What you see above is my current book collection, minus a few novels that are out on perpetual loan. If one were to explore, they would find they're looking through a pretty wide selection, but there's one thing they're guaranteed to not find. An eBook reader.
I'm not one of those people that despises Kindle books, I just prefer the real thing. Sure the overall cost is more, you can't carry your collection with you like an e-reader... though I've never had a need to carry around over 260 books either. Yes, I'm paying more. Much more. But there's something I'm paying for that you can't get with an iPad, the main reason why I'm an advocate for physical books: Pride of Ownership.
A book being a tangible object is a benefit in and of itself. We love displaying them, looking at them, holding them... going to a bookstore and setting our handful of selections in front of the clerk simply feels good. Seeing that nearly-iconic Amazon box at your doorstep fills you up with a little excitement, doesn't it? There's one more benefit to physical books: their covers.
You want handheld art? Then look no further than a bookshelf. Sure, many best-selling thrillers have the cliched title and author set in raised, foil block lettering with an ominous stock photo in the background. They say you shouldn't judge a book by its cover. Well, I do when it comes to these. Not once have I seen one of those covers then flipped it over to read the back summary. Those covers are to books as barbed wire tattoos are to people.
|The cure to cancer could be in there, and I'd never know.|
But many books have covers so brilliant and pleasing to the eye, you often pause between pages to look at it... again and again. Most of mine are like that, and there are a few that I love especially. Below are a few of them, my favorites. The story or author have no relevance, only the art.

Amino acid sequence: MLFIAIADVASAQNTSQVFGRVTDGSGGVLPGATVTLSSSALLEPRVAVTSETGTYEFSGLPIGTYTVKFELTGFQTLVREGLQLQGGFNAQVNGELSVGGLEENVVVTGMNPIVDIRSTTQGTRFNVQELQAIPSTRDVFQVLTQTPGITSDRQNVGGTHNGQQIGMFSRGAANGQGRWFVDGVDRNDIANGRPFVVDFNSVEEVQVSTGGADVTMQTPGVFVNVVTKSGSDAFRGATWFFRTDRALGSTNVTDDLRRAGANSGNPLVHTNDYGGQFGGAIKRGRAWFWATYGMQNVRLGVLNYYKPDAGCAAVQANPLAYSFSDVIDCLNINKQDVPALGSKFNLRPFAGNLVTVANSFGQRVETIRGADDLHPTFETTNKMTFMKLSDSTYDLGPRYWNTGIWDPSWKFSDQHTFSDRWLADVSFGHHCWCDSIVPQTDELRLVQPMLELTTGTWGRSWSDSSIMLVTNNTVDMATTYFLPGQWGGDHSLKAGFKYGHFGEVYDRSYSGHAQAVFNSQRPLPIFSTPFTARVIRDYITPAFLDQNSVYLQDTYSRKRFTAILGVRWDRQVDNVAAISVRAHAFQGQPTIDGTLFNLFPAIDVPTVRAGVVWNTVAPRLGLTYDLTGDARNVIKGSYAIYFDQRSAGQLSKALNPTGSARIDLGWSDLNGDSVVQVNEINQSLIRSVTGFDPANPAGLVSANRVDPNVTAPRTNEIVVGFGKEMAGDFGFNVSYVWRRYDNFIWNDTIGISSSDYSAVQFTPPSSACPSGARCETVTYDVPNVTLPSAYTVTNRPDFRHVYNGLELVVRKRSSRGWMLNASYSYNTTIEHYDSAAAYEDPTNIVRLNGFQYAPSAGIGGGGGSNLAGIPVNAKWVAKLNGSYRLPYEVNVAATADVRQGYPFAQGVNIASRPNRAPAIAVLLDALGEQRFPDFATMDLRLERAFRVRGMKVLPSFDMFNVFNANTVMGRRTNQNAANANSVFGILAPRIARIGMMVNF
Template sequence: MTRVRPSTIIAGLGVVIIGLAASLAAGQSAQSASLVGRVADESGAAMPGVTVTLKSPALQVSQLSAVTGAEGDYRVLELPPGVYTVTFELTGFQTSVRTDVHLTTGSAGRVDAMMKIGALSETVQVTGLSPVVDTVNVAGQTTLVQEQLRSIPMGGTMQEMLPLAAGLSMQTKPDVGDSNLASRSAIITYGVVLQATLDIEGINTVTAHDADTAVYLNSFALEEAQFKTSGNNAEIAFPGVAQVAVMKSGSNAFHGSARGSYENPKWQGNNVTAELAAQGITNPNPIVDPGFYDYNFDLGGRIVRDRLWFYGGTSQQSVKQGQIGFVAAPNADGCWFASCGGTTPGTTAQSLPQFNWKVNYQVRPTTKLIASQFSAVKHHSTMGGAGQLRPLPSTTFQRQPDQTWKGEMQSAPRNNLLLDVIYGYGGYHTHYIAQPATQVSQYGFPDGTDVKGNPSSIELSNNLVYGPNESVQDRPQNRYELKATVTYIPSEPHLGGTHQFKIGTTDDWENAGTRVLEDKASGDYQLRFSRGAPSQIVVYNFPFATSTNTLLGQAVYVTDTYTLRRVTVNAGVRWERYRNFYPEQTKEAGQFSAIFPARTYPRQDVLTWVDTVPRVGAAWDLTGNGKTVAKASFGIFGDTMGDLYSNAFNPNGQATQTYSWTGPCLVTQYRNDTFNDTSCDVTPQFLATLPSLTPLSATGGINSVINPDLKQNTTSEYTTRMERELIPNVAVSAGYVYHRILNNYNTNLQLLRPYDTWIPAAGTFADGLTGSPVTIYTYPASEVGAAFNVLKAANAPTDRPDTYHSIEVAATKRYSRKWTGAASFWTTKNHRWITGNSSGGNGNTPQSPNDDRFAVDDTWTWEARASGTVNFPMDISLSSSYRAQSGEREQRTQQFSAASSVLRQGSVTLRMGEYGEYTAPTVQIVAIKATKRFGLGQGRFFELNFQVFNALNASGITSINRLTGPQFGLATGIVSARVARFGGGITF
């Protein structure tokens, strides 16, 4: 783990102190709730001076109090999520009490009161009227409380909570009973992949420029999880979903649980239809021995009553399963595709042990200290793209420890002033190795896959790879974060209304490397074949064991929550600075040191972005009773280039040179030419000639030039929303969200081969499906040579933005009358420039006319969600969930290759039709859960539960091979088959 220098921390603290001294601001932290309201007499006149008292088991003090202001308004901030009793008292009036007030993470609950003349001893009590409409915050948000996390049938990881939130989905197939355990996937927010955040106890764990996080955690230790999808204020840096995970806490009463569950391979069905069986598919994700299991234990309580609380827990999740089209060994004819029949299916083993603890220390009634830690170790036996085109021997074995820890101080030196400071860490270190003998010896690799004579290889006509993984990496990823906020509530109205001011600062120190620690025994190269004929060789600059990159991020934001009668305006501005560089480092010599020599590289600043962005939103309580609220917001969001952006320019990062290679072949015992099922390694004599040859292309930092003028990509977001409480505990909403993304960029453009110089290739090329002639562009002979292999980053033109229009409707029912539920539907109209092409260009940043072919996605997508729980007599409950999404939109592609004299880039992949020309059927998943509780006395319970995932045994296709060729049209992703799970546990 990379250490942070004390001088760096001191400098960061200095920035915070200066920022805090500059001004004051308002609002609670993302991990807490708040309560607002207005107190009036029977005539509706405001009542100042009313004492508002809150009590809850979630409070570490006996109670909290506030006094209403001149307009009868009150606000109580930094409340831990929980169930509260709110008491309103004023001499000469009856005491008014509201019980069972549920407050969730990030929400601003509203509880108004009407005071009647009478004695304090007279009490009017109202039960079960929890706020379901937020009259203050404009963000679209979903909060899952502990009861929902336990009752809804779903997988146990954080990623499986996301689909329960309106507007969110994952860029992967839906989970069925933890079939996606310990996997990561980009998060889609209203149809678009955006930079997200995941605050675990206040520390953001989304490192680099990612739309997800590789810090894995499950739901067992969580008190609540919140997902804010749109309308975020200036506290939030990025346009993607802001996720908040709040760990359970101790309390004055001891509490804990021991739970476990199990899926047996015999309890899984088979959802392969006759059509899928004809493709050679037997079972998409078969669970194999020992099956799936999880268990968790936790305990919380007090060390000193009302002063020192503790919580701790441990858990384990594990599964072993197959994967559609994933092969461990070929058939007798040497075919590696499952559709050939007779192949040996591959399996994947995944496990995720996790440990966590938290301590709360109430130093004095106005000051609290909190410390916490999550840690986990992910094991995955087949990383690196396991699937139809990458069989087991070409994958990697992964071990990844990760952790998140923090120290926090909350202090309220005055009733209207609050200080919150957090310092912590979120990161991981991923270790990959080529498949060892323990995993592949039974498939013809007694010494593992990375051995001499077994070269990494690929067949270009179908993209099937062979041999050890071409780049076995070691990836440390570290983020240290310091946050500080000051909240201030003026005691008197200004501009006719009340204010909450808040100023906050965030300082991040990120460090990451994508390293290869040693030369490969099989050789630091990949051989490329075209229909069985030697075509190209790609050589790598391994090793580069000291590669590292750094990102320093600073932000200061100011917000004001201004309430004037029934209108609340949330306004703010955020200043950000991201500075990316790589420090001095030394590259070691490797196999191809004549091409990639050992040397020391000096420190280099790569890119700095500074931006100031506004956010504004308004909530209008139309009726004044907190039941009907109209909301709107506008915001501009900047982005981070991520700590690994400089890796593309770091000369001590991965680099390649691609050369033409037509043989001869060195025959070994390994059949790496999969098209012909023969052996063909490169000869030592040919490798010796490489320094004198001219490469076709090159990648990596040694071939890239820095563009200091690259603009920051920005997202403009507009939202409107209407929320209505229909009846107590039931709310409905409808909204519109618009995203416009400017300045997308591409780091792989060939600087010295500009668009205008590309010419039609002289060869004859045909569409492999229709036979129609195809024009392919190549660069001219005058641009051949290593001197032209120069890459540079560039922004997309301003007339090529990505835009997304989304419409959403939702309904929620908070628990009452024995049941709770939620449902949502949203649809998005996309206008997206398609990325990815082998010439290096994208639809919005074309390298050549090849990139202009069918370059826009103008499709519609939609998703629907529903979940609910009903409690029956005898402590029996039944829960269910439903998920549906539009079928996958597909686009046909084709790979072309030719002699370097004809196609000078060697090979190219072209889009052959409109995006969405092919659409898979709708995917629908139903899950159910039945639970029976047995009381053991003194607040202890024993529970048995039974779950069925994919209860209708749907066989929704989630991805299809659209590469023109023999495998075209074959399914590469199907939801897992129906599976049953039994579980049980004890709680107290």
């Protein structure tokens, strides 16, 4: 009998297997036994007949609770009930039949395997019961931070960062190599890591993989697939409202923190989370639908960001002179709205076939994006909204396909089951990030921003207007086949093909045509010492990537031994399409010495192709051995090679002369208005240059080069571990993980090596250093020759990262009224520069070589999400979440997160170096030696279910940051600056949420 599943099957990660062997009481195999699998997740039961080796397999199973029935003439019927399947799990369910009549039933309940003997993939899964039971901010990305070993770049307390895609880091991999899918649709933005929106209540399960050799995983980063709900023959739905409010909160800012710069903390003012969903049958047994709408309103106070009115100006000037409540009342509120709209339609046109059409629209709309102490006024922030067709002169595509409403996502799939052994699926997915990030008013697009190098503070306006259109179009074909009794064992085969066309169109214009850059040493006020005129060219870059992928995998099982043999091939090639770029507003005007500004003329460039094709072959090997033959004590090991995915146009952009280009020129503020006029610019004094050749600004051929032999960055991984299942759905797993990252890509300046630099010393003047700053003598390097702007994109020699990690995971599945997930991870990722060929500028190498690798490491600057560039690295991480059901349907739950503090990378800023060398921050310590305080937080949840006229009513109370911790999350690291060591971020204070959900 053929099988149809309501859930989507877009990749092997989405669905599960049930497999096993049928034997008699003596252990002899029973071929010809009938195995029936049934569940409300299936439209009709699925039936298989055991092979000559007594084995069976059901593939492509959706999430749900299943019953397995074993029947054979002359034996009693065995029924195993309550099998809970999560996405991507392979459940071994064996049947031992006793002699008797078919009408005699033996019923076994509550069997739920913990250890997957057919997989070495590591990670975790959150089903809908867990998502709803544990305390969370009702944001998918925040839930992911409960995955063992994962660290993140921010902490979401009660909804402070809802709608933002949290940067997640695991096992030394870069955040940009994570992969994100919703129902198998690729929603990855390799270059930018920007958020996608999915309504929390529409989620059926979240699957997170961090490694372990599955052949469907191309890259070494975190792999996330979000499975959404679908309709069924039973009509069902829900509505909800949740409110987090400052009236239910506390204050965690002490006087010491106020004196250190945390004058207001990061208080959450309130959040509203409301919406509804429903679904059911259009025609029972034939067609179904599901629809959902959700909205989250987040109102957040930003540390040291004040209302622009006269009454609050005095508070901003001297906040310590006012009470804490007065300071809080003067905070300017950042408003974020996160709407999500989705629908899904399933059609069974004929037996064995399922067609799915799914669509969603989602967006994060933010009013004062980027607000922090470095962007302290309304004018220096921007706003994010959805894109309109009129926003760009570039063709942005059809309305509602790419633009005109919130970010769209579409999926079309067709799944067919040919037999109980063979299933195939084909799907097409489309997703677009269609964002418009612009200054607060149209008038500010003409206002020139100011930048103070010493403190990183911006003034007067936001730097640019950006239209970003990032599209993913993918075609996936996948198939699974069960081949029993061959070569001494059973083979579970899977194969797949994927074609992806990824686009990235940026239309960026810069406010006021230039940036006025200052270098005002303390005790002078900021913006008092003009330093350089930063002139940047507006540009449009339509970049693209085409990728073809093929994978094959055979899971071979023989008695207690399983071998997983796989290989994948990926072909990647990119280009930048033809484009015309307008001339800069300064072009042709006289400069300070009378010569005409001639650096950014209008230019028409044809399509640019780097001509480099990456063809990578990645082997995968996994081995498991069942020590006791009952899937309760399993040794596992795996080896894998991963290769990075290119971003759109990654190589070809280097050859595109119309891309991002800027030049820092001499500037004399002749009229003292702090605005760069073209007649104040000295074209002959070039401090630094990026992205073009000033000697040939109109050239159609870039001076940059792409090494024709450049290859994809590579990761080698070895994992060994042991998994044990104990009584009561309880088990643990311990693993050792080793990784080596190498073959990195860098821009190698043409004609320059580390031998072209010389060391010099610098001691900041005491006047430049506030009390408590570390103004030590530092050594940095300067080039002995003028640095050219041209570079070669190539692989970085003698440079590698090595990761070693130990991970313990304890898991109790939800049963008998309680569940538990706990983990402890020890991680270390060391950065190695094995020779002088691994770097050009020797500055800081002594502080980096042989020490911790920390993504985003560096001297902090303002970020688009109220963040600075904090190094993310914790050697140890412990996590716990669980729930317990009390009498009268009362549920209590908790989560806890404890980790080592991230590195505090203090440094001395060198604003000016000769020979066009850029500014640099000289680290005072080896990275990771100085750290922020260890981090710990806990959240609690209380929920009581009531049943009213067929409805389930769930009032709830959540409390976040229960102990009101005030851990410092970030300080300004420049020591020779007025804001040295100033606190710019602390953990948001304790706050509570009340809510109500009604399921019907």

"A Clockwork Orange" by Anthony Burgess
Flames, a sketch of someone screaming, it's just plain cool.
"Born Standing Up" by Steve Martin
The cover is just like his writing - cool and refined with a hint of humor in the right spot.
"Ecstasy" by Irvine Welsh
I like the fact that Welsh posed for this picture himself, along with the back cover. It also gives you a hint of oddity to prepare you for the content.
"Fire the Bastards!" by Jack Green
William Gaddis, the actual author, is on the cover and the look of vague frustration on his face sets the tone to the book.
"Gonzo" by Hunter S. Thompson
This is one hell of a coffee table book, and the cover grabs your attention from across the room.
"Machine Man" by Max Barry
Simple, clean, and explains the premise of the book without much effort. Minimalism at its best.
"Rant: The Oral Biography of Buster Casey" by Chuck Palahniuk
The omission of both the title and the author's name, leaving an "R" from beneath the dust jacket, makes it simple. Even with the chaotic art. Oh, and there's one more thing I like about this book...
It's a signed first edition. Boom.
"The Gun Seller" by Hugh Laurie
Yep, House wrote a book - and it's pretty good too. The cover has kind of a pulpy Roy Lichtenstein pop art feel to it.
"The Tao of Travel" by Paul Theroux
This one is by far the most different. Leather-bound, gold foil lettering... it gives the feeling of significance, a bible for travel writers (which it kind of is).
"When You Are Engulfed in Flames" by David Sedaris
A van Gogh painting of a skeleton smoking. What's not to like?
Now, there's another point to that last selection. The cover art was designed by a man named Chip Kidd, someone who is extremely well-known for book covers. If I ever get a book published, that's how I know I've made it: if the cover was designed by Chip Kidd.
But for now, I'll settle for banners that I make on Microsoft Word.
Feel free to check out my other sites: